Tradescantia Zebrina .:. The Wandering Jew


tales and opinions of the wandering Jew


Maimonides famously wrote that there are eight levels of tzedakah – charity. The highest form of giving is in such a way that you prevent someone from becoming impoverished in the first place (giving someone employment, an interest free loan, teaching a man to fish, etc.). The next to greatest form of charity is giving tzedakah anonymously to an unknown recipient (usually via a trusted intermediary organization or person).

Let’s put that on hold for a moment.

Since returning from Israel, I have been trying to give up coffee. I was at the point where I could drink several large cups a day and still not feel a jolt. It was time to give it up. Now I’m down to about one cup a week. (Unfortunately, it’s hard to go cold turkey when your sleep schedule involves waking at 5:45 and going to bed around 1:30 or 2:00.) So I’m saving money, not buying beans to make coffee at home, not buying a couple coffees from cafés.

Before going to Israel, my tzedakah giving was routine. Each Friday, just before turning off my computer for Shabbos, I would make a donation online. I tried to vary the donations, rotating through a list of organizations that had missions I believed in. I bought bees and goats, sponsored programs for at-risk youth, supported film festivals… Which was only nominally anonymous. The youth didn’t know who funded their programs, but the fund development staff did.

Now, my practice is a little different. On my way to buying my weekly coffee, I check in with someone I see on the street, ask if s/he would like a coffee too. If they ask for a different drink, I’m happy to fulfill that request too. If they ask for something a little fancier, or specify the milk/sugar, I’m down with that too. I go, get our coffees, and return. We usually end up having a chat – talking about the weather, the drink, the neighbourhood, people watching… it doesn’t really matter what we talk about.  But we talk. I sit with them on the church’s front steps, on a park bench, in the middle of Columbus Cirlce, and we talk. The transaction is more than a simple gift of a drink, it’s a personal interaction.

And that leads me to thinking about how Maimonides would judge this exchange. It’s far from anonymous – it’s personal and lingering. I’ve been thanked, told that it’s made their day (one person said it made his month). And it’s not the charity that they’re thanking me for – it’s the conversation, being treated as an equal, having their eye contact met for more than a fleeting second. It’s not a grand gesture, but it’s an honest one.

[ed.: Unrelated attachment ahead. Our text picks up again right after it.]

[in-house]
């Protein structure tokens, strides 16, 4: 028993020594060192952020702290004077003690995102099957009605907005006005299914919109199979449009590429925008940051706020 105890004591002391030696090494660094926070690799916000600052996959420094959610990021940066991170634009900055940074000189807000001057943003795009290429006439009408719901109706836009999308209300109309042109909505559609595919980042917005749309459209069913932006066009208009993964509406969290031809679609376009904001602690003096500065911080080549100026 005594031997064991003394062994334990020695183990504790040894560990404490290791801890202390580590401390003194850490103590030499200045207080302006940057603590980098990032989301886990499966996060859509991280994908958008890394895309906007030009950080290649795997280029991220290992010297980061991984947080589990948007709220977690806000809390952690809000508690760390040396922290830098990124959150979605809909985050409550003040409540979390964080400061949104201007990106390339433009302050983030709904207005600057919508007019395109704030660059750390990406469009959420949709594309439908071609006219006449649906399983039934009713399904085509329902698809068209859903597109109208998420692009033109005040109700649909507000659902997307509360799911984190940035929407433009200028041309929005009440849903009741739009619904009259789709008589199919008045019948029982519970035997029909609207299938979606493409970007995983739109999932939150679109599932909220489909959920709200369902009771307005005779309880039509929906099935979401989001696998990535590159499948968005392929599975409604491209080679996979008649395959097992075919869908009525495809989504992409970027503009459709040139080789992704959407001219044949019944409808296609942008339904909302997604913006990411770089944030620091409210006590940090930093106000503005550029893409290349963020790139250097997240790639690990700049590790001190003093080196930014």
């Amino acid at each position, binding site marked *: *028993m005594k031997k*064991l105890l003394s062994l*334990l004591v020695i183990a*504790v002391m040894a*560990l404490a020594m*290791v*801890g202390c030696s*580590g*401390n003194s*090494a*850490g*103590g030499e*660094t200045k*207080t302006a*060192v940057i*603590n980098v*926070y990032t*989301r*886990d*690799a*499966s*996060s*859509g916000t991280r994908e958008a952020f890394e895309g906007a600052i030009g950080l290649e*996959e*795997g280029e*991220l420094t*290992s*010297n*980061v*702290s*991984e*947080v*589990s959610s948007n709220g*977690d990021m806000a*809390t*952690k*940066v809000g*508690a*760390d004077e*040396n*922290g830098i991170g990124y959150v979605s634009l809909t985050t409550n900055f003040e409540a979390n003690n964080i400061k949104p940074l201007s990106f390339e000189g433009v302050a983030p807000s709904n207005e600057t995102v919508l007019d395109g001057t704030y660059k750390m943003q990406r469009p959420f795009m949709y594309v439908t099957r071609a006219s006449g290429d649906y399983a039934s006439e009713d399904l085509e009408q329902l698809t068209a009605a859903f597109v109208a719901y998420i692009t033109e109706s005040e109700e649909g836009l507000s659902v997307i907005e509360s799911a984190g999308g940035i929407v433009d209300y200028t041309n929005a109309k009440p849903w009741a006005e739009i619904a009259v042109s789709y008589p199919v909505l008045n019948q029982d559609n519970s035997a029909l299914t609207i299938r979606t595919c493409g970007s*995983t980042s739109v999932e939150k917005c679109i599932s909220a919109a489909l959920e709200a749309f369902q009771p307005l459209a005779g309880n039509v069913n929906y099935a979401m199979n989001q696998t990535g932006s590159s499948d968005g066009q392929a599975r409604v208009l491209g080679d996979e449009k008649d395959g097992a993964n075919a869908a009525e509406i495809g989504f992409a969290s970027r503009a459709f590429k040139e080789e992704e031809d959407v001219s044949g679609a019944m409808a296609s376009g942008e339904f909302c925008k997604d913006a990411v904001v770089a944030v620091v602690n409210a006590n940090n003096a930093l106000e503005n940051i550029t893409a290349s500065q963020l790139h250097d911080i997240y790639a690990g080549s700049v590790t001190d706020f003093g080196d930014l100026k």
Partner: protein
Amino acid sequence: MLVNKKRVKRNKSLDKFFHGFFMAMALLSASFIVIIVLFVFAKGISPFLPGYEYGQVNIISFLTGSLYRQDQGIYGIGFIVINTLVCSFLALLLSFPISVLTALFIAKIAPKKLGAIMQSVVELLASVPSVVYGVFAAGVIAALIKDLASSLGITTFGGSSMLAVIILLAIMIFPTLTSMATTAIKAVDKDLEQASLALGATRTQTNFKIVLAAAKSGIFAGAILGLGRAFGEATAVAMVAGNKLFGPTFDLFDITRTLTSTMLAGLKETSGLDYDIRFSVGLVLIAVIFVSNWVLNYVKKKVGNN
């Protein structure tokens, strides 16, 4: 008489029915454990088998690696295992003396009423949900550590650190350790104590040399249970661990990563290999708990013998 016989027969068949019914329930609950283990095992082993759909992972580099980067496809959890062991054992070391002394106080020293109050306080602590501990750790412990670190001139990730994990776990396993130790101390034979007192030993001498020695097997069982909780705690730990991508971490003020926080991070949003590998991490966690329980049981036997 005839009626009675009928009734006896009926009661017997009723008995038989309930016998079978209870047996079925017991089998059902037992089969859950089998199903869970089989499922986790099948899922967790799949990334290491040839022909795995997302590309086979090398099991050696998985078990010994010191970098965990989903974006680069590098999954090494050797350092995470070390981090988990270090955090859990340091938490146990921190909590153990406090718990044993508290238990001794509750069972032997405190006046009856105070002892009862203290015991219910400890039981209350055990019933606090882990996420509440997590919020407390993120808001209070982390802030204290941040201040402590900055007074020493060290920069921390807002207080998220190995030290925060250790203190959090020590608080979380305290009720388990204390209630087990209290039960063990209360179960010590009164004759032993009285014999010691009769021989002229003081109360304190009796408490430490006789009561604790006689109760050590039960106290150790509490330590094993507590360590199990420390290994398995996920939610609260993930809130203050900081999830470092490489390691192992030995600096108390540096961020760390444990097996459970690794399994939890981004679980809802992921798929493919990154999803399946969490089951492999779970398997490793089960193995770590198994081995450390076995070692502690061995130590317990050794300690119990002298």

Is this, then, an inferior way of giving?


Filed under: gifts, judaism

4 Responses

  1. great question. the answer lies within what you wrote, though.

    the highest form of giving (according to the rambam) is to do so – NOT anonymously – but via an interest free loan, or vocational boost, or entering into a partnership with someone.

    but, he says, if you can’t do those, then do tzedakah (with cash) anonymously.

    so, if you are at level one, then no need to worry about anonymous.

    (oh, and by the way, you wrote: “prevent someone from becoming impoverished in the first place” — i don’t think that this is what the rambam said. he said that the person is indeed “impoverished”, and by doing the loan/job/partnership thingie, you prevent him/her from becoming that way again.)

    yasher koach and keep up the great mitzvah thinking.

    and check out: for more ideas about efficient and effective ways to do tzedakah!

    arnie draiman

  2. Loan holder says:

    Nice blog.Keep up with the good work!

  3. feygele says:

    Arnie, the answer is not in what I wrote. I’m specifically questioning the entire Rambanic system, suggesting that personal, face-to-face giving, which he lists low, can actually be better, a higher form of giving.

  4. wolfman says:

    Bava Batra 9b appears to support your idea:

    בבלי בבא בתרא ט:ב

    אמר רב יצחק: כל הנותן פרוטה לעני מתברך בשש ברכות, והמפייסו בדברים – מתברך בי”א ברכות.

    I don’t know how Rambam reads this gemara or how he/if he incorporates it into his hilkhot tzedaka.

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